HC Deb 12 November 1974 vol 881 cc250-2

The House will recall that in the spring I put the public sector borrowing requirement for 1974–75 at £2,733 million. It may be worth mentioning that the borrowing requirement is the balance of two sides of an account each of which runs in aggregate to about £40 billion. Since it is a balancing item, it is inevitable that what are small percentage changes in either side of the revenue and expenditure account can make a very big change in the borrowing requirement.

This year has seen some significant changes on both sides of the account, most of them resulting directly from the effect of inflation on wages, costs and taxes, some from action taken by the Government to cushion the impact of inflation. As I made clear at the time, the July measures increased expenditure and reduced revenue, mainly as a result of the cut in value added tax, by about £340 million. The loan to the building societies may add over £100 million—after repayments—to the requirement this year.

Wage increases and other cost increases have increased public expenditure as outlined in the March Budget in current price terms—but not in volume terms—by over £1,000 million more than the additional yield from taxation which results from inflation. Major parts of this increase have occurred in the expenditures of the local authorities and the National Health Service. Subsidies, largely devoted to reducing prices, have increased by nearly £1,100 million, including £300 million for housing subsidies and £550 million for nationalised industries. There were as usual also a multitude of small changes in both directions. The upshot of all these revisions has been to increase the borrowing requirement this year by about £2¾ billion to about £5½ billion.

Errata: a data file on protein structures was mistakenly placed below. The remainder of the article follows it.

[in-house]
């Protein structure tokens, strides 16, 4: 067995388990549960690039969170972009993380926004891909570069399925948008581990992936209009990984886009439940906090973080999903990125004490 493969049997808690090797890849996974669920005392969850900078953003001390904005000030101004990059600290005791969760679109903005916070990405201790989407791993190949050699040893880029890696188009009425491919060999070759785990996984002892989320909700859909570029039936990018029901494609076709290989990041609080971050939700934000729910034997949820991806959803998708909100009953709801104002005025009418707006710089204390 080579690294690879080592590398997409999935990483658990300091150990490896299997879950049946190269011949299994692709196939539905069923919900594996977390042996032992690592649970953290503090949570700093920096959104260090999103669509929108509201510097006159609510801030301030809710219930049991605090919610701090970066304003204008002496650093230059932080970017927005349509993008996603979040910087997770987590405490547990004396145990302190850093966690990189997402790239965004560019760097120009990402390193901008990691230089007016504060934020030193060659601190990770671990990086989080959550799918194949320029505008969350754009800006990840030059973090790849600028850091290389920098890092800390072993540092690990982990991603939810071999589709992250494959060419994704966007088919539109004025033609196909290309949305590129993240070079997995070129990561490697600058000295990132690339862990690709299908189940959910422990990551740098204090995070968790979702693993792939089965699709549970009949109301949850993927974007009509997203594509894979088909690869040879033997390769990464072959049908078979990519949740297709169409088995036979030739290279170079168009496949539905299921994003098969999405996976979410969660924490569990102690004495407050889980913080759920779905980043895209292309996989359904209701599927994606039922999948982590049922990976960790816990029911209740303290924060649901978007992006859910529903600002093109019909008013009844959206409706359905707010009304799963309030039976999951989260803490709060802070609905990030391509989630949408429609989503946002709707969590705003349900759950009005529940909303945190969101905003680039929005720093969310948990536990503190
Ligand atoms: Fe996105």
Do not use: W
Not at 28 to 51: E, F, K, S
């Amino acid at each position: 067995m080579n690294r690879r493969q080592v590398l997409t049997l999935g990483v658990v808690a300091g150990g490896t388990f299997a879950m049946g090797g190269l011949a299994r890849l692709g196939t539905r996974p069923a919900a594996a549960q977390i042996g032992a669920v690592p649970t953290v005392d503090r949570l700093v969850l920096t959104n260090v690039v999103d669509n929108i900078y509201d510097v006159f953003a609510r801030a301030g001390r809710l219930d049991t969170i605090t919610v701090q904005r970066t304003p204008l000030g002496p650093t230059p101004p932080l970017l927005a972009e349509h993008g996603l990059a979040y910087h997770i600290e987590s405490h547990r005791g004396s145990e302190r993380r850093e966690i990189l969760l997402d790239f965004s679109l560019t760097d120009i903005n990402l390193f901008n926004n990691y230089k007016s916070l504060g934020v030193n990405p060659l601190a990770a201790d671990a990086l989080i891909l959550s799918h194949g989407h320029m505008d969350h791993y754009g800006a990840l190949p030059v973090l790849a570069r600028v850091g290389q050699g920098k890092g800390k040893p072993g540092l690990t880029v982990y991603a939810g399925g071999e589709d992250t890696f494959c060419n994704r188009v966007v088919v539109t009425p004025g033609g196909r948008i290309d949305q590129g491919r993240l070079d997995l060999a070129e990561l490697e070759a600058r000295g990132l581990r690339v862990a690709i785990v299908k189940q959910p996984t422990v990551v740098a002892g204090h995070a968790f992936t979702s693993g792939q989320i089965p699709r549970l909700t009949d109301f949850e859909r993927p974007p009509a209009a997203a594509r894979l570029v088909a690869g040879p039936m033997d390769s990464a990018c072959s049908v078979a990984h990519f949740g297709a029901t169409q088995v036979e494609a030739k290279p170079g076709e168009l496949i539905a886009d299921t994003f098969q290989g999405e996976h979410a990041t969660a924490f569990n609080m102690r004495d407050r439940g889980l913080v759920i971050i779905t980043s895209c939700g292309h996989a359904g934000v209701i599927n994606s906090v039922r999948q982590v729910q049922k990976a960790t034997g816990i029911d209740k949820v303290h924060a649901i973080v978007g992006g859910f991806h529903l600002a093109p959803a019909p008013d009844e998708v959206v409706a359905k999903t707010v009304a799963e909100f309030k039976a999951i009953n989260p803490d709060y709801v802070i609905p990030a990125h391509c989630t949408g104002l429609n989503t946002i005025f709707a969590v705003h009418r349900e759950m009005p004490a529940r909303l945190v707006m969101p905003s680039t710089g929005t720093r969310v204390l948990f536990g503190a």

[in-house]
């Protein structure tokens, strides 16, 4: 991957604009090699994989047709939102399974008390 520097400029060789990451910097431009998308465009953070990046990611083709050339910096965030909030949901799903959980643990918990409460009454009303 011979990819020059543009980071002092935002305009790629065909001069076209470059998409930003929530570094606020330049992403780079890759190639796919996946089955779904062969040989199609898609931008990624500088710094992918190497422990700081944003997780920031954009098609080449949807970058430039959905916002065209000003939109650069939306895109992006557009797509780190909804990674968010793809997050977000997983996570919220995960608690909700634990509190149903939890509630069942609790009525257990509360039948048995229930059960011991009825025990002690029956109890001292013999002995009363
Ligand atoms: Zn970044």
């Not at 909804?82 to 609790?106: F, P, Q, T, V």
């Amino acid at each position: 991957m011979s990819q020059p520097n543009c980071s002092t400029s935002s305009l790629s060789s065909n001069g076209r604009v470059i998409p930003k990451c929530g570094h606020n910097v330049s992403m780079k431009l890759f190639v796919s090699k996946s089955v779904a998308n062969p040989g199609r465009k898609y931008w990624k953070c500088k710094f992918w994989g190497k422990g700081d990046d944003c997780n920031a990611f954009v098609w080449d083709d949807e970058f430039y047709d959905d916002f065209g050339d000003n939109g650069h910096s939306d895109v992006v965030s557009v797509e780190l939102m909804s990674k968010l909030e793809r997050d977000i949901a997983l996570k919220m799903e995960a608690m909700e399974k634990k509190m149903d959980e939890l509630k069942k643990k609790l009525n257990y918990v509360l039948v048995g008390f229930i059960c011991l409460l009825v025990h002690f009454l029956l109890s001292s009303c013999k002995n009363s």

A great deal of this has of course already come through and has been financed either from the sale of gilt-edged or by borrowing abroad. As a result, despite the growth of the public sector borrowing requirement, the rate of growth of money supply has been kept within strict limits and the inflationary impact of this enlarged borrowing requirement has been contained.

Though a revision of the borrowing requirement to about £5½ billion is a serious matter, it would be wrong to exaggerate its importance. As far as current expenditure is concerned, the public sector is in substantial surplus, receipts exceeding expenditure by over £3,500 million. The borrowing requirement arises because total capital expenditure of the public sector and its lending to others is nearly three times the current surplus. Much of this capital expenditure—about £7 billion in fact—consists of fixed investment by the nationalised industries and other public bodies, and is a real addition to our stock of capital which it is entirely reasonable for the Government to finance in part by borrowing, as private industry does all the time. So although I would certainly be concerned if the borrowing were being made in a way which added to inflation, I can take comfort from the fact that we have been able to accommodate it within the guidelines set for monetary policy.

As the House knows, in the current calendar year the money supply on the broad definition has risen at a rate well below the increase in money GDP, and well under half of the rate of increase in 1973.

I should add, because comparisons are sometimes made between the borrowing requirement in the United Kingdom and the balanced budgets presented in some other European countries, such as France and Germany, that their presentation cannot be directly compared with ours.

Their published budgets place the primary emphasis on the accounts of central government, whereas our public sector borrowing requirement covers also the borrowing of local authorities and nationalised industries. If we were to concentrate on the accounts of central government, we should be showing, before the measure which I am about to announce, a borrowing requirement of about £3.1 billion. But £2.2 billion is for on-lending to local authorities and nationalised industries. The amount which the central government would be borrowing for purposes other than this on-lending would thus only be about £900 million—a small fraction of the figure for the public sector borrowing requirement as presented under our conventions.

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